Interview: New Book Highlights Life Of Statesman Vic Fischer

Vic Fischer, Koni Wolf and Lothar Wloch stand on the frozen Arctic Ocean near Alaska’s Prudhoe Bay oil field. The 1975 trip fulfilled a lifelong dream of seeing the Arctic together. Photo courtesy Vic Fischer, “To Russia With Love.”

In 1924, Vic Fischer was born in Berlin, Germany, as a citizen of both the U.S. and Russia. That complicated- worldly start in life is a small glimpse into the extraordinary childhood of one of Alaska’s most loved statesmen.

Fischer tells the fascinating story of his early life, which includes escaping from both Nazi Germany and Stalinist Russia in his new autobiography, “To Russia With Love, An Alaskan’s Journey.” The book, co-written with Charles Wohlforth, also explores how Fischer ended up in Alaska and became one of the youngest delegates to Alaska’s constitutional convention and also worked as a city planner, a state senator, and a professor.

His mother was Russian and his father, a famous American journalist and author. Fischer spent a lot of his childhood in Russia, but in 1939, under Stalin’s brutal dictatorship his mother needed to get him and his older brother out of the country.

Vic Fischer has a new autobiography called, “To Russia with Love, An Alaskan’s Journey,” written with Charles Wolhforth. They will celebrate the book’s publishing with a book launch at the Consortium Library at UAA on Tuesday from 5-7 p.m.

Listen for the full interview

Download Audio

Previous articleAlaska News Nightly: October 29, 2012
Next articleWhales & World Problems – Combining Culture & Academics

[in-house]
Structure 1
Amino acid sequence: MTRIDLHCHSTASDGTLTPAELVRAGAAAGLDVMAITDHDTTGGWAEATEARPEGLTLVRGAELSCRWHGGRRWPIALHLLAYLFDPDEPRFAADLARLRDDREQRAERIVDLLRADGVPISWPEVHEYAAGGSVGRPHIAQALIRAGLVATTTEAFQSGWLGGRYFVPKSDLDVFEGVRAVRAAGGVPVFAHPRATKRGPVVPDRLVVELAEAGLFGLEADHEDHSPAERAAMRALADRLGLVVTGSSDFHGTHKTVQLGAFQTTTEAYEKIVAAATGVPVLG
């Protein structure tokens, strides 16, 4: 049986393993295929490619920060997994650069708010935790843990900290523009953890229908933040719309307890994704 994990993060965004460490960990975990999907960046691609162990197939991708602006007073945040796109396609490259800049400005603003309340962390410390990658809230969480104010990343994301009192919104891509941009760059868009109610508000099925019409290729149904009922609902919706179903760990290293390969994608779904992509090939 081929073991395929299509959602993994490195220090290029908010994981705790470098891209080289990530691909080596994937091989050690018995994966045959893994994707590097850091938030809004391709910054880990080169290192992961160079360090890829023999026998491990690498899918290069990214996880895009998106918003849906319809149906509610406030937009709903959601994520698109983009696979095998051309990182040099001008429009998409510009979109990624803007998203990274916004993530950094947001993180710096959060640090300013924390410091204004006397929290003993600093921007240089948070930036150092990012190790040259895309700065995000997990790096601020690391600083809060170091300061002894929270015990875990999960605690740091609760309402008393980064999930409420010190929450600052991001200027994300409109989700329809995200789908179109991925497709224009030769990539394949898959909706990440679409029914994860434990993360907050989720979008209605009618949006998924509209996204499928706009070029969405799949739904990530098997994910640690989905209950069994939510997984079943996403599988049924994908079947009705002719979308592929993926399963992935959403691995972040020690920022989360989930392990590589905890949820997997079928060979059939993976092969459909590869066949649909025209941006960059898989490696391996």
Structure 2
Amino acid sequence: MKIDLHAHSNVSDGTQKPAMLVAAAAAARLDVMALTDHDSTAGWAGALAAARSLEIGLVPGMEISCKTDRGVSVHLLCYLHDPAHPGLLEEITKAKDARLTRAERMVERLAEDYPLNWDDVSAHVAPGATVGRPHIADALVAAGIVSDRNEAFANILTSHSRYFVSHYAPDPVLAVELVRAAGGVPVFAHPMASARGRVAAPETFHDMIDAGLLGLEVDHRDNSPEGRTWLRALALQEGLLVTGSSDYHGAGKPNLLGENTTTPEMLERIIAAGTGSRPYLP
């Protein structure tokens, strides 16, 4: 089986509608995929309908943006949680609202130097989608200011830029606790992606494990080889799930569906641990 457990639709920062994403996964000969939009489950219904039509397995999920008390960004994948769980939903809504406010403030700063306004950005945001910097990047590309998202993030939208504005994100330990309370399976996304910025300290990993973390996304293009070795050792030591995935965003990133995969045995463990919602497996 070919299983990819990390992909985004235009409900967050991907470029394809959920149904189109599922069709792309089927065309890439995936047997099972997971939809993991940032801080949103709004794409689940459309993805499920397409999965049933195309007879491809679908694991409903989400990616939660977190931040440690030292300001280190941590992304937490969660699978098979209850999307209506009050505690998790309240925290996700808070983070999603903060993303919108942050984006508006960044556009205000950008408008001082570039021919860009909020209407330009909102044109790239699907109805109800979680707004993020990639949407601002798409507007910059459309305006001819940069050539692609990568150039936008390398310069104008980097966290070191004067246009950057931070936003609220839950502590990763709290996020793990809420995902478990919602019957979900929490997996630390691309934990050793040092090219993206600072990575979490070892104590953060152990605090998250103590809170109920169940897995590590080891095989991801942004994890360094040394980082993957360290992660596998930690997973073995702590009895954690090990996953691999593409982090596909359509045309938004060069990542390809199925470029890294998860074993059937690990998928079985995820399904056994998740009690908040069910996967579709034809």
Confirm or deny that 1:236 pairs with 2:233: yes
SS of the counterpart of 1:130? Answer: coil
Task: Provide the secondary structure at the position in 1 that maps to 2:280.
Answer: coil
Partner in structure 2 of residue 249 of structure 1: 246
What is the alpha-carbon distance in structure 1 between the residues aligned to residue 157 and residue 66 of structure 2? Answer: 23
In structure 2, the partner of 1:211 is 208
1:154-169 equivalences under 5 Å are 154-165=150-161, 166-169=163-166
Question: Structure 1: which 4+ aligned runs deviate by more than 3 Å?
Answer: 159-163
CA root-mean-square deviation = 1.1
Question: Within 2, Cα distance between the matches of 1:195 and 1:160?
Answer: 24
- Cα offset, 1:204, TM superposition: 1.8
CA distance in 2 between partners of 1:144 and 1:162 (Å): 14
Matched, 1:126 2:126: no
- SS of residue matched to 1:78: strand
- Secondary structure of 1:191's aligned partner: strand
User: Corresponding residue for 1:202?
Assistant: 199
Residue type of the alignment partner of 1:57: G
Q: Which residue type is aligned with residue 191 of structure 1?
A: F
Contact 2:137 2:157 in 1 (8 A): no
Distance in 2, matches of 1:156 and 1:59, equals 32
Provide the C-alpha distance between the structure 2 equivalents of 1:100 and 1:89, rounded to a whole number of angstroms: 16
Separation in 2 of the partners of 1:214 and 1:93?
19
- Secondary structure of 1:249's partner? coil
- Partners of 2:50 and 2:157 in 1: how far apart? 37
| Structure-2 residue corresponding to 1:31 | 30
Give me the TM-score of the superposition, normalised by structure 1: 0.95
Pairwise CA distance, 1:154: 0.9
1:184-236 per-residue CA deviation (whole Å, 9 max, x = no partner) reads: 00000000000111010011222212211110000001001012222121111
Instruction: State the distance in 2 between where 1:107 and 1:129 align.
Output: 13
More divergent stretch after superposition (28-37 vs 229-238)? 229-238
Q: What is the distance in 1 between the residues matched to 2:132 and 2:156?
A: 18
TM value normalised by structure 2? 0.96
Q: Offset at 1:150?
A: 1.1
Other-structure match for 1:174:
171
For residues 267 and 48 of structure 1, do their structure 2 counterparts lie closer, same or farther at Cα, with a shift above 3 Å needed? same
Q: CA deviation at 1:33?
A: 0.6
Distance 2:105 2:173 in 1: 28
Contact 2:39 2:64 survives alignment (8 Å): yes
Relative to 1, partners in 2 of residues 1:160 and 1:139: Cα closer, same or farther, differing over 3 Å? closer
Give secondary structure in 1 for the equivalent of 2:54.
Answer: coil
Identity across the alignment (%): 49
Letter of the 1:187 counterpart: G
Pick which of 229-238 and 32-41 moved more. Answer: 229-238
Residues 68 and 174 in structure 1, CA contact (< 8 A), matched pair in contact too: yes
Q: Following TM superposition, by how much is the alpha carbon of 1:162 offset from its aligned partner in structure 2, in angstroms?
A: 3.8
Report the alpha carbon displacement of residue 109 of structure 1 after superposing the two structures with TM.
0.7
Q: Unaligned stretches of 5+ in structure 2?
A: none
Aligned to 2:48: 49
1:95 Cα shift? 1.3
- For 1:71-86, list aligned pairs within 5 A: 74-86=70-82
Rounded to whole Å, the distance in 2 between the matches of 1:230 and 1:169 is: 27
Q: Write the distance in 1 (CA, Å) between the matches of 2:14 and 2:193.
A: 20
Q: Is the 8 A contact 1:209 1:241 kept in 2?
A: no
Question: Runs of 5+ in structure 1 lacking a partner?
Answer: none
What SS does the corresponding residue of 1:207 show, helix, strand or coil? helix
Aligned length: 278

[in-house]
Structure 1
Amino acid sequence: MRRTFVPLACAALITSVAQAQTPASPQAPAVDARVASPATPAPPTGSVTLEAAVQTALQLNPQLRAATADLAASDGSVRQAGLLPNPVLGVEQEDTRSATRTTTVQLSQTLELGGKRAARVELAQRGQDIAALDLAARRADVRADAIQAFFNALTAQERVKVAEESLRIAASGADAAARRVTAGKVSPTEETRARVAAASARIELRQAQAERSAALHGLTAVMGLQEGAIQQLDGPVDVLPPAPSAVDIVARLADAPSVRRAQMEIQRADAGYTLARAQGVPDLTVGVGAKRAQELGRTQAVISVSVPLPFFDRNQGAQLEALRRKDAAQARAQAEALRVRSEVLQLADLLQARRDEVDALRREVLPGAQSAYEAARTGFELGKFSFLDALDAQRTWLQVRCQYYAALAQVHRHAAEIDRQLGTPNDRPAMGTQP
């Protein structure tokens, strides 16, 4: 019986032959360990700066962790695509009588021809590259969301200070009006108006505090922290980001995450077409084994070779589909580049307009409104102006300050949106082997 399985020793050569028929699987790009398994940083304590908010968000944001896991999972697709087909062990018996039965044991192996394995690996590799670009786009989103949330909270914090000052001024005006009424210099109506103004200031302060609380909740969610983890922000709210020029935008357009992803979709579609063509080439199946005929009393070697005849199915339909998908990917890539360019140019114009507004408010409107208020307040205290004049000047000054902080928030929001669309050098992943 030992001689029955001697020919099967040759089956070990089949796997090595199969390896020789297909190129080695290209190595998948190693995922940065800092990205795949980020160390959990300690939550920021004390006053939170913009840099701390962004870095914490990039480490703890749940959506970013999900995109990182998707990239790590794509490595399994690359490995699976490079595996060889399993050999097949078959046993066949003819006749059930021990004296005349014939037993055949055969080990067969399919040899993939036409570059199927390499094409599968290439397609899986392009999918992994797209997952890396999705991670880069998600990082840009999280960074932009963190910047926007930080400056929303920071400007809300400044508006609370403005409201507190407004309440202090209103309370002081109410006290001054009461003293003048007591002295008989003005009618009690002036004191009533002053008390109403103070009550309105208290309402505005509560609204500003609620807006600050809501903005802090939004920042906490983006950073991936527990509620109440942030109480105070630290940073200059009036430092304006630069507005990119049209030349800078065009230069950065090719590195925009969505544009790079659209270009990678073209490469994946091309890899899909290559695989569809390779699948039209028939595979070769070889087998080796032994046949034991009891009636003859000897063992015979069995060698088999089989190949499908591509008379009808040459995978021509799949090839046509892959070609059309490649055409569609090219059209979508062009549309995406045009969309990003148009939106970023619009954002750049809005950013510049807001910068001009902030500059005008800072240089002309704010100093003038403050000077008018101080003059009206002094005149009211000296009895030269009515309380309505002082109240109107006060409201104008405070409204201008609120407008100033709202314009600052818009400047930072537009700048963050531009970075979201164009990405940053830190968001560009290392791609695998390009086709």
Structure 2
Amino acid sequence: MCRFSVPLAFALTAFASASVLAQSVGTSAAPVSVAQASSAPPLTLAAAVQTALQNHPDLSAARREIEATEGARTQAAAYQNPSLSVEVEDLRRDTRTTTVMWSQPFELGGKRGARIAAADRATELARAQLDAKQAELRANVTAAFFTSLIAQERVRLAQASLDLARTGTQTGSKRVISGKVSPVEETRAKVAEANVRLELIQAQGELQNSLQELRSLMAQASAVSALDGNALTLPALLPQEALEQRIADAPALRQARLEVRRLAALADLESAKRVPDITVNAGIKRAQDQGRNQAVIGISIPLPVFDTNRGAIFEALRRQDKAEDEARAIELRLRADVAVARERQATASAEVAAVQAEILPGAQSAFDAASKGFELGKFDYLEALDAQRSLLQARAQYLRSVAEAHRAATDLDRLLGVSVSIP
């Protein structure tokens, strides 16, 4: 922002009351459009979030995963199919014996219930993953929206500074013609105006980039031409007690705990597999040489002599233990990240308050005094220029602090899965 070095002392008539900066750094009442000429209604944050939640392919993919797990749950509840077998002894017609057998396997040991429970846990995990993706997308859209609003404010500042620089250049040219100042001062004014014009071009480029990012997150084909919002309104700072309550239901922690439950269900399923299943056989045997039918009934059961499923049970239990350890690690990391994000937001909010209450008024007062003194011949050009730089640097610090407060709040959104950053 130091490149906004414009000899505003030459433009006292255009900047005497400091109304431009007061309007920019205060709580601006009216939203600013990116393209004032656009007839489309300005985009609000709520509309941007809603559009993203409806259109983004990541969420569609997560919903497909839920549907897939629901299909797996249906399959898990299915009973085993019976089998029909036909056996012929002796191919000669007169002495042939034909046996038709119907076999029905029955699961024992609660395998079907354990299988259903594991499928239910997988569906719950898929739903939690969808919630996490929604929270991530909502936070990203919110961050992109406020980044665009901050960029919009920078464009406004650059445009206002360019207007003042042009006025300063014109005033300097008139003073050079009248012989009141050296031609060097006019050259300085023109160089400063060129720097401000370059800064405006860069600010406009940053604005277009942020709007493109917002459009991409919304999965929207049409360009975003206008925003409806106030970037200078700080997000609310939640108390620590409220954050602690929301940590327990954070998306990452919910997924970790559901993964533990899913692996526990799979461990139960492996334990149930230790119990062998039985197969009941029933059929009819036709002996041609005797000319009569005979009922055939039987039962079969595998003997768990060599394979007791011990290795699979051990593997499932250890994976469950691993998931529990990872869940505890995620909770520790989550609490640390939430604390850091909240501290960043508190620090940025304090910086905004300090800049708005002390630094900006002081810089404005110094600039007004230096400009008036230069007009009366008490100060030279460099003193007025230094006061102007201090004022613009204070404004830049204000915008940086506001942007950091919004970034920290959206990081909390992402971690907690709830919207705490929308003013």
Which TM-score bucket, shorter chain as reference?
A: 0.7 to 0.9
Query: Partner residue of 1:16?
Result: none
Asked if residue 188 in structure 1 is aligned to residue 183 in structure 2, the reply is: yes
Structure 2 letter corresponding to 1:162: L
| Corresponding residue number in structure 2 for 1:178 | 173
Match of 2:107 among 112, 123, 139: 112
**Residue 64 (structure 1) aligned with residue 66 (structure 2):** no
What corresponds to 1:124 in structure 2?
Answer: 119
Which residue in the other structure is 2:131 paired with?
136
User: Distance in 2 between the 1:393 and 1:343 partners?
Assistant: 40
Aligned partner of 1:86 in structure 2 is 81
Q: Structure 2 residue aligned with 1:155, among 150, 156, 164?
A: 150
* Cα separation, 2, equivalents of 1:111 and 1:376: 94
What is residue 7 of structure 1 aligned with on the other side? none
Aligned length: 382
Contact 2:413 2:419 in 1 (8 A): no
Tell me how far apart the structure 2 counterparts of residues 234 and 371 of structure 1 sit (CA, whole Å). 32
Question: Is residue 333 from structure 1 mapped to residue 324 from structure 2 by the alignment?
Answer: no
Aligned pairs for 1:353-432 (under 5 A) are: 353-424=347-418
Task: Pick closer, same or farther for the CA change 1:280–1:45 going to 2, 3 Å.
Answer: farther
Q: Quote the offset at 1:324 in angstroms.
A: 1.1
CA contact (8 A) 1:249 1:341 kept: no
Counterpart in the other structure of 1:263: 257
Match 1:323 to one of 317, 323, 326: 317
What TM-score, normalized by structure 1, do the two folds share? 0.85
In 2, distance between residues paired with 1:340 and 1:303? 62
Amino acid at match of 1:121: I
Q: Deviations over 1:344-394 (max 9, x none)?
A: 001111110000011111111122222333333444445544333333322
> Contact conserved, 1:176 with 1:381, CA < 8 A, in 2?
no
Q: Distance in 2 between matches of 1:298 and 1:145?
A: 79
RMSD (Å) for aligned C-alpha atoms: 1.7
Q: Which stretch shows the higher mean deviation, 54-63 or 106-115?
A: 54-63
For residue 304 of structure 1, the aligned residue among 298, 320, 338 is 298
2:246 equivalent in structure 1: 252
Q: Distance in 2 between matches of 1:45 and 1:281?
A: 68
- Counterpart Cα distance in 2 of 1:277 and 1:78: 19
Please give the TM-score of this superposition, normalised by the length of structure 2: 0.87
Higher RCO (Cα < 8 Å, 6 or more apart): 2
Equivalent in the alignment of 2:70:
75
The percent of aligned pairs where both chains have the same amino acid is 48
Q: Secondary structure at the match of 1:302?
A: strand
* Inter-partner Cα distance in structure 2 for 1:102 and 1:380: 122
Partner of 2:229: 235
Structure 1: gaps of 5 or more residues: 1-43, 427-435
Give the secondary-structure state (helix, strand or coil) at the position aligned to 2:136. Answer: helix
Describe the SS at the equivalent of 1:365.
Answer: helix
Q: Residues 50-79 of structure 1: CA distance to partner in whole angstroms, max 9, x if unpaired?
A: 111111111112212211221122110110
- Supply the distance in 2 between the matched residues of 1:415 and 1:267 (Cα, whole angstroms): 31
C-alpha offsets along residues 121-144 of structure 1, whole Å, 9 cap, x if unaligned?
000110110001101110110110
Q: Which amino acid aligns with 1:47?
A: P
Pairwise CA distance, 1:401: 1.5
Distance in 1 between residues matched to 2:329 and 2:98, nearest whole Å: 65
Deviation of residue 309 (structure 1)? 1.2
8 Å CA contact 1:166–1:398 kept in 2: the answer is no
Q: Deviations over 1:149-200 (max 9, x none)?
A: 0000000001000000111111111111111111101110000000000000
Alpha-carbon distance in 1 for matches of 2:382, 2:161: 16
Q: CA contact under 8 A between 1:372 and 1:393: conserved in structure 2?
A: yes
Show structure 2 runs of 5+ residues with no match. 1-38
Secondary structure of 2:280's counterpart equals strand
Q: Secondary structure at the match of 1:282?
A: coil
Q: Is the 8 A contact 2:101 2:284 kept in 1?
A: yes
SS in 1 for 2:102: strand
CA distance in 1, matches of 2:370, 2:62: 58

Lori Townsend is the News Director for the Alaska Public Radio Network. She got her start in broadcasting at the age of 11 as the park announcer of the fast pitch baseball games in Deer Park, Wisconsin. She has worked in print and broadcast journalism for more than 24 years. She was the co-founder and former Editor of Northern Aspects, a magazine featuring northern Wisconsin writers and artists. She worked for 7 years at tribal station WOJB on the Lac Courte Oreilles Ojibway Reservation in Wisconsin, first as an on-air programmer and special projects producer and eventually News Director. In 1997 she co-hosted a continuing Saturday afternoon public affairs talk program on station KSTP in St. Paul, Minnesota. Radio brought her to Alaska where she worked as a broadcast trainer for Native fellowship students at Koahnic Broadcasting. Following her work there, she helped co-found the non-profit broadcast company Native Voice Communications. NVC created the award-winning Independent Native News as well as producing many other documentaries and productions. Townsend was NVC’s technical trainer and assistant producer of INN. Through her freelance work, she has produced news and feature stories nationally and internationally for Independent Native News, National Native News, NPR , Pacifica, Monitor Radio, Radio Netherlands and AIROS. Her print work and interviews have been published in News from Indian Country, Yakama Nation Review and other publications. Ms. Townsend has also worked as a broadcast trainer for the Native American Journalist’s Association and with NPR’s Doug Mitchell and as a freelance editor. Townsend is the recipient of numerous awards for her work from the Alaska Press Club, the Native American Journalists Association and a gold and a silver reel award from the National Federation of Community Broadcasters. Townsend was the recipient of a Fellowship at the Metcalf Institute for Marine and Environmental Reporting in Rhode Island as well as a fellowship at the Knight Digital Media Center in Berkeley. She is an avid reader, a rabid gardener and counts water skiing, training horses, diving and a welding certification among her past and current interests. ltownsend (at) alaskapublic (dot) org  |  907.550.8452 | About Lori